In 1990, members of the Hawiye clan of south-central Somalia formed the United Somali Congress (USC), and in December they stormed Mogadishu and defeated the Red Berets. Siad Barre escaped to Nigeria. The USC's leader, Muhammad Ali Mahdi, was appointed president, but Hawiye subclan leader General Muhammad Farah Aidid, of the Habir Gedir subclan, also claimed power. The two disagreed on forming a central government for Somalia, and civil war began.
Somali civilians suffered the most in the unstable years that followed. It was estimated that some three hundred thousand Somalis died between 1991 and mid-1993. Although international relief organizations sent food and supplies, much was stolen by bandits and warring clan members before it could reach those who needed it most.
U.N. secretary-general Boutros Boutros-Ghali arranged a truce between Mahdi and Aidid in December 1992, but clan members continued to fight. The United States led Operation Restore Hope in 1992, and U.N. countries sent food and supplies, along with soldiers to ensure that they reached the people. In mid-1993 the U.N. Security Council resolved to turn the operation into a "nation-building" effort that would include disarming militias and restoring political and civil institutions. The operation deteriorated as Somalis and U.N. troops committed acts of violence against one another. U.S. troops were pulled out of Somalia in early 1994, and the last U.N. troops left in March 1995.
Aidid died in the fighting in Mogadishu in August 1996, but his son, Hussein Muhammad Aidid, took his place and continued his father's mission to put their subclan in control of Somalia.
After U.N. aid slowed and troops were withdrawn, the situation gradually improved in Somalia. Farmers returned home and produced a good harvest in 1995. Although clan fighting continued in 1997 and 1998 and no central government was established, local governments continued to function.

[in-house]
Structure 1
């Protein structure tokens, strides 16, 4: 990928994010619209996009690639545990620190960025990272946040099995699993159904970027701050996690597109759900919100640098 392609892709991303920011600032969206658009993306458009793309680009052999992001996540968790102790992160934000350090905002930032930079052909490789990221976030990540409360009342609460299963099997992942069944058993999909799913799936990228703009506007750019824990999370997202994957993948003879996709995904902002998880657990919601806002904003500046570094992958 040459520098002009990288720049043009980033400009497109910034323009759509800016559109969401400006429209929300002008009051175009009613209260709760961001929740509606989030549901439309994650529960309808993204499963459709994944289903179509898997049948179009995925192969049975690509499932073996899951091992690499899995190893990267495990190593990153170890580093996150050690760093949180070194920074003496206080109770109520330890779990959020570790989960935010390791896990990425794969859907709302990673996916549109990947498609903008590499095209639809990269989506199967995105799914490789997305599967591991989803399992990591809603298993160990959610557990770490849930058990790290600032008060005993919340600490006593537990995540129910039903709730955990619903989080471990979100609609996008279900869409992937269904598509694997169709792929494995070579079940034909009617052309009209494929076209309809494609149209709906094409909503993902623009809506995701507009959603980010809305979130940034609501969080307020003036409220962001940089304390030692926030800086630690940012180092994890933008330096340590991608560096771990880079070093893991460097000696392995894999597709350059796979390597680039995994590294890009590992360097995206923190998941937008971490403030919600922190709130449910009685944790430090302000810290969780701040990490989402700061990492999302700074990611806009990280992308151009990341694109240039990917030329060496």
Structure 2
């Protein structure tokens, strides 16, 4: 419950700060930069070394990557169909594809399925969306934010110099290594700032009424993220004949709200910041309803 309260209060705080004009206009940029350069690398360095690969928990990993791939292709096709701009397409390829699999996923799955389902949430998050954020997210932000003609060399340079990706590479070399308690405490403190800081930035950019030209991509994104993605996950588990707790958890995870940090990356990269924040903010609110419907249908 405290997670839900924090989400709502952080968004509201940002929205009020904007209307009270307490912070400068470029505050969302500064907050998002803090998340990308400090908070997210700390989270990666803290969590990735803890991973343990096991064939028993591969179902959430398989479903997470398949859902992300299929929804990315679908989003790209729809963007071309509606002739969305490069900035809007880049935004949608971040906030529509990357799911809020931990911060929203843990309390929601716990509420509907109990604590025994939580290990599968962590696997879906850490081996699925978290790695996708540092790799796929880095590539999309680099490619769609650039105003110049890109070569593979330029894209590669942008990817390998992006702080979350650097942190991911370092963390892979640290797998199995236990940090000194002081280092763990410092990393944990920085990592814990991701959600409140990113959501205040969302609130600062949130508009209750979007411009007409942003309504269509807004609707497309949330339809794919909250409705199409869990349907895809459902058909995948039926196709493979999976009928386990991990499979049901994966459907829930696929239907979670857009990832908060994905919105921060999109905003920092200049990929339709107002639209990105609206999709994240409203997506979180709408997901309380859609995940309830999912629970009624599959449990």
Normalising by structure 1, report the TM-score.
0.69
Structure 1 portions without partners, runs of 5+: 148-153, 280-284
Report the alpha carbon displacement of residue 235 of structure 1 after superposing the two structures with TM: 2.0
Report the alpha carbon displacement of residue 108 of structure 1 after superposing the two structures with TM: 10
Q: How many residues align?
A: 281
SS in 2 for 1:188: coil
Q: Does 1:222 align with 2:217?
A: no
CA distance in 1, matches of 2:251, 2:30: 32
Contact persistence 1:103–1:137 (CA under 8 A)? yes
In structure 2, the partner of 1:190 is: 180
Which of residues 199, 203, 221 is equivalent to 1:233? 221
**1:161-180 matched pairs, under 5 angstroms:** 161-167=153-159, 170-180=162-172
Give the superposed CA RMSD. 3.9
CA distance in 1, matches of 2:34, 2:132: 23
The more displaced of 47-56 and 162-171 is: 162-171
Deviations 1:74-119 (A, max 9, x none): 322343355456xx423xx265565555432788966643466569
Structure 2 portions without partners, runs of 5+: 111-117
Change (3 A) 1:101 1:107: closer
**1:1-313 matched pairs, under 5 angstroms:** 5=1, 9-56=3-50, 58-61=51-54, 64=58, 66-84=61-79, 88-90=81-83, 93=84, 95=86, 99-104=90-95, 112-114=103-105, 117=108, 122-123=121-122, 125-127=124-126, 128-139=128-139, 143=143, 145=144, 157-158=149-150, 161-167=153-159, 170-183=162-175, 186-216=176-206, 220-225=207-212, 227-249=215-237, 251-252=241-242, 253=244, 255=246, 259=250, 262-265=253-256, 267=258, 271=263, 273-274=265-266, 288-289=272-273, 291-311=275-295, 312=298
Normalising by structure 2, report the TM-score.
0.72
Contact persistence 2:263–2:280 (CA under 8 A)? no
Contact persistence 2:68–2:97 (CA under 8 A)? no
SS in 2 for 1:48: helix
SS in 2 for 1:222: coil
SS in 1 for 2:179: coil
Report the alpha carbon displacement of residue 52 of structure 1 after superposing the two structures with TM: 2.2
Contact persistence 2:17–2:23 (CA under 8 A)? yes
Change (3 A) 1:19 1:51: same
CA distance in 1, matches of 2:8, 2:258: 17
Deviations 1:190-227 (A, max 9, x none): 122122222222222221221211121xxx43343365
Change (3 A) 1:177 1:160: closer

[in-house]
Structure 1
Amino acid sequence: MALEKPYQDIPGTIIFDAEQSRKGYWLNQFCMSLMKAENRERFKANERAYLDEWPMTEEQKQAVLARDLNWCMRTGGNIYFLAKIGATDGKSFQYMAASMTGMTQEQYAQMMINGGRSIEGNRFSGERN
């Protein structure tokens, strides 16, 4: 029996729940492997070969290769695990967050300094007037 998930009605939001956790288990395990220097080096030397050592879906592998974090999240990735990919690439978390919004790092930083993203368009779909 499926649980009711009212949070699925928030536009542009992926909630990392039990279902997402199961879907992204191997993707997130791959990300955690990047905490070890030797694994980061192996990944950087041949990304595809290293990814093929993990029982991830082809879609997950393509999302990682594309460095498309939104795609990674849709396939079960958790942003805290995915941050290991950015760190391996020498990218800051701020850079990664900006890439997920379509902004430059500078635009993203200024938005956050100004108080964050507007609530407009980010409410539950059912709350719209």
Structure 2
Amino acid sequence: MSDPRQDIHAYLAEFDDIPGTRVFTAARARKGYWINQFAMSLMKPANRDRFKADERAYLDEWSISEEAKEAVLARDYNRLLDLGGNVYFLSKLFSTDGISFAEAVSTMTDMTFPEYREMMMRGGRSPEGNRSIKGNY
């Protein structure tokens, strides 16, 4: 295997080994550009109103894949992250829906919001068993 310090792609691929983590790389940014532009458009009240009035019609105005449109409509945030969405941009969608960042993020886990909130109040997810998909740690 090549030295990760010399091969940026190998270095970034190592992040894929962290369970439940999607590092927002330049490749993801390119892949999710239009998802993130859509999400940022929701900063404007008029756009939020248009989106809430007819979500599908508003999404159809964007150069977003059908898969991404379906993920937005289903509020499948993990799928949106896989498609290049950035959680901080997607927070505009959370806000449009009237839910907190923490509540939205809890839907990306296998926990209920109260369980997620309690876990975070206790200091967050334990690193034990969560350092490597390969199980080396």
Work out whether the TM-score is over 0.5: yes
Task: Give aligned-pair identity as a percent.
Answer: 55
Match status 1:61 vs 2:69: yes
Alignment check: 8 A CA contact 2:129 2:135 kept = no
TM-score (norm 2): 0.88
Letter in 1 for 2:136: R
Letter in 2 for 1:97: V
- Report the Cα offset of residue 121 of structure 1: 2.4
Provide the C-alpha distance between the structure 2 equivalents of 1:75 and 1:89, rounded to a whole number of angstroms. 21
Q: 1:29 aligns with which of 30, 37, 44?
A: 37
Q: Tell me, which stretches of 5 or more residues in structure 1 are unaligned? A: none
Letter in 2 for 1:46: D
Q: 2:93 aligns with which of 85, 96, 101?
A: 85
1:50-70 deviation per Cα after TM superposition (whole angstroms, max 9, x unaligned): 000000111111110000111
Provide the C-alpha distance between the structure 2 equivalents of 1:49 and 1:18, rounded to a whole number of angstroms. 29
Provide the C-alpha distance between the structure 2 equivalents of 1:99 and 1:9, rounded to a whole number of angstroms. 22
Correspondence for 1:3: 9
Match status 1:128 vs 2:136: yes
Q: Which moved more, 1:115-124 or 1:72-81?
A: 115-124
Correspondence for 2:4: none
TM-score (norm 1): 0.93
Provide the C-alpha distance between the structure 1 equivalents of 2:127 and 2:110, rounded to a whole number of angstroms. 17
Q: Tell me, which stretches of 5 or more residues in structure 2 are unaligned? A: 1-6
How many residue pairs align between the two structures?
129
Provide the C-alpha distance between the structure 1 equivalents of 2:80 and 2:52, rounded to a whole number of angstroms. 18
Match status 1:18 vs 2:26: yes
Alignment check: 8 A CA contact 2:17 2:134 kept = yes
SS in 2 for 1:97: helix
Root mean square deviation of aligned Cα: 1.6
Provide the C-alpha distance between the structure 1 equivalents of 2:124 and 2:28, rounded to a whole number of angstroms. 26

In August 2000, after twelve failed attempts to organize a central government, some two thousand Somalis representing the clans and subclans met in Djibouti to discuss forming a government for Somalia.
During the clan wars of the early 1990s, northern Somalia declared itself the independent Somaliland Republic, appointed former Somali prime minister Muhammad Ibrahim Egal as its president, wrote a constitution, developed an assembly, and governmental institutions, and began to function successfully apart from the warring to the south. Although it has not been recognized as a separate nation, the Somaliland Republic continues to declare itself independent. Members of the Murjateen clan in northeastern Somalia also formed their own government during the 1990s, calling their territory Puntland, although they agreed to rejoin Somalia if a central government was formed.
Ethnic Relations. Some 95 percent of the people of Somalia are ethnic Somalis, and relations with the small percentage of Arabs, Indians, Pakistanis, Asians, Europeans, and mixed groups living in Somalia are generally peaceful. With a history of colonization by the British, French, and Italians, the Somalis are said to be wary of foreigners, even fearful of possible renewed colonization. Somali civilians, however, welcomed U.N. troops arriving during Operation Restore Hope in the early 1990s, and most Somalis welcome the international relief workers who have become a part of daily life in post-civil war Somalia.
Nomadic herders spend nearly all of their time outdoors. A large shade tree might provide a meeting place or a classroom.
The traditional shelter of the herders is the aqal, a dome-shaped, collapsible hut made from poles covered by hides, woven fiber mats, or sometimes cloth or tin. Easy to break down and reassemble, the aqal is carried on a camel's back and set up by the women of the family once a new camp is made. A bed made from wooden stakes covered with hides is
A nomad camp may be surrounded by a fence made from thorn bushes to keep out predators. Animals are also kept in corrals made from thorn bushes. A prayer area may be set apart within the camp by a circle of stones.
Farmers make permanent homes that are similar to the aqal. Round huts called mundals are made from poles and brush or vines plastered with mud, animal dung, and ashes and covered with a broad, cone-shaped thatched roof. Rectangular huts, often with flat tin roofs, are called arish. Other homes are built from logs, stone, brick, or cement. Farmers have a few pieces of wooden furniture and decorative pottery, gourds, or woven goods.
City dwellers often live in Arab-style whitewashed houses made of stone or brick covered with plaster or cement. These are one-or two-story houses, with a flat roof. Bars cover the lower windows, which rarely have screens or glass. Wealthy Somalis, Europeans, and others may have traditional Western-style homes with tile roofs and walled courtyards. Many Somalis, even in the cities, do not have electricity and running water in their homes.